By LAMECH JOHNSON
Tribune Staff Reporter
THE country’s highest court has allowed the appeal by a man who became a paraplegic as a result of a beating by police officers in Freeport, Grand Bahama, to determine the amount of damages to which he is entitled.
Shorn Scott had been granted conditional leave to appeal to the Judicial Committee of the Privy Council a ruling by the Court of Appeal with respect to the amount awarded to him for the incident, originally set at more than $880,000 in 2013.
In a 15-page judgment published on the JCPC website yesterday, it was noted that: “In the written submissions for the Court of Appeal, reference had been made to the submission made to the assistant registrar that an adjustment was necessary to reflect the ‘relatively higher cost of living and the higher level of expectation in The Bahamas.’ In those submissions it was argued that an annual increase of five per cent was appropriate so that, even applying the 2010 guidelines, the award for general damages should have been $470,819.25.
“It was submitted that the failure of the Court of Appeal to apply an uplift went counter to an established line of authority. It was also claimed that the court ought to have addressed and resolved the conflict between the Acari and Grant cases. It was claimed that an uplift on the English guidelines should be applied as a matter of principle.
“...The appellant also argued that the Court of Appeal’s findings that there was no loss of sexual sensation and that the loss of bowel and bladder function were part and parcel of the paraplegia were unsustainable in light of the uncontroverted evidence given by the appellant and on his behalf.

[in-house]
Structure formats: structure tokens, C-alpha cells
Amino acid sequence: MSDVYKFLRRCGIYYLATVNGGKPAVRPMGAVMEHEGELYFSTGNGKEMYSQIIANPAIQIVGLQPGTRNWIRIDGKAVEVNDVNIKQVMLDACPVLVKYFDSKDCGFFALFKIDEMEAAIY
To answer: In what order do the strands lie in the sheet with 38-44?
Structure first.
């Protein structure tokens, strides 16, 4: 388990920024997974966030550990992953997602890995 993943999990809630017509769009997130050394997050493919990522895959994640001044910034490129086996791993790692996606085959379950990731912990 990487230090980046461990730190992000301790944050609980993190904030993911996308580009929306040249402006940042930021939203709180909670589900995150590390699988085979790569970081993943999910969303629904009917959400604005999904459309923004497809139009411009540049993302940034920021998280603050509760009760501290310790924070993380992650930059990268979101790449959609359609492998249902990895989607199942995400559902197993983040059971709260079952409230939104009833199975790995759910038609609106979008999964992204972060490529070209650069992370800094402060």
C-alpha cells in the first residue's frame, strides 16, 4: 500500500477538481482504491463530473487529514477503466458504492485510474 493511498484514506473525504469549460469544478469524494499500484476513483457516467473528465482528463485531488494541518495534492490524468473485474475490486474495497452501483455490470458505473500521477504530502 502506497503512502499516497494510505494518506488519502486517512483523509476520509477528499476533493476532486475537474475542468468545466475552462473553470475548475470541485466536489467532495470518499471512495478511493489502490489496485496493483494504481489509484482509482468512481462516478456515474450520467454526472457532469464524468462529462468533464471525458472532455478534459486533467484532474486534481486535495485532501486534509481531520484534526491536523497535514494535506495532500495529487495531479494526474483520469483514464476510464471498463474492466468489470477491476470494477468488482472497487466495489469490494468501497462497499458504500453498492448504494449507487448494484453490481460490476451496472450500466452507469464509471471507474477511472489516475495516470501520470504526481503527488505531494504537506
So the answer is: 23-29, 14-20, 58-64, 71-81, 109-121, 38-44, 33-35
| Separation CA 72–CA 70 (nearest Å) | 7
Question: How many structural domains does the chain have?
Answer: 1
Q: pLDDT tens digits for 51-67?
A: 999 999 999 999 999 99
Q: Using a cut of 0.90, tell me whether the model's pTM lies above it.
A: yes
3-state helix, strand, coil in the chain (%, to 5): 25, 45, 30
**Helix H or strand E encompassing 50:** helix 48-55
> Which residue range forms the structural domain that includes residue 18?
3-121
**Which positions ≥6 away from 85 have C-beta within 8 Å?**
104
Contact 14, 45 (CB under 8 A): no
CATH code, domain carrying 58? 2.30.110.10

“Finally, it was submitted on behalf of the appellant that, in its assessment of the sum to be awarded in respect of the head injury which he sustained, the Court of Appeal fell into obvious error in suggesting that there had been no evidence that he suffered from dizziness or pain in his ear. Evidence had been given that both these complaints continued. That evidence had not been challenged or controverted.”
The court also noted: “Before the Court of Appeal, counsel for the appellant presented an ambitious argument that, because one can lose one’s bladder and bowel function without losing control of one’s legs, or lose control of one’s legs without losing control of bowel and bladder function, the loss of control of these functions had to be treated separately. This argument neglects to address the undisputed scientific and medical fact that paraplegia can cause loss of function to both the lower limbs and the internal organs below the line where damage to the spinal cord occurs. The assistant registrar and the Court of Appeal were entirely right to reject the argument.
“They were likewise right in rejecting the argument about impairment of sexual function. The appellant’s claim that he had no sensation whatever in his genitals was not only not supported by medical evidence, it was plainly unsustainable for the reasons that both courts gave. The appellant had fathered three children after the incident in which he had suffered injury. As the Court of Appeal observed in para 21 of its judgment, this was wholly inconsistent with a complete loss of sensation in the genital area.
“Although the Court of Appeal increased the amount of compensation ordered by the assistant registrar because of her failure to make a separate award for the sequelae of the appellant’s head injury, at para 40 of her judgment Allen P said that there was no evidence that he had suffered dizziness or pain in his ear as a result of having been struck on the head by a baton.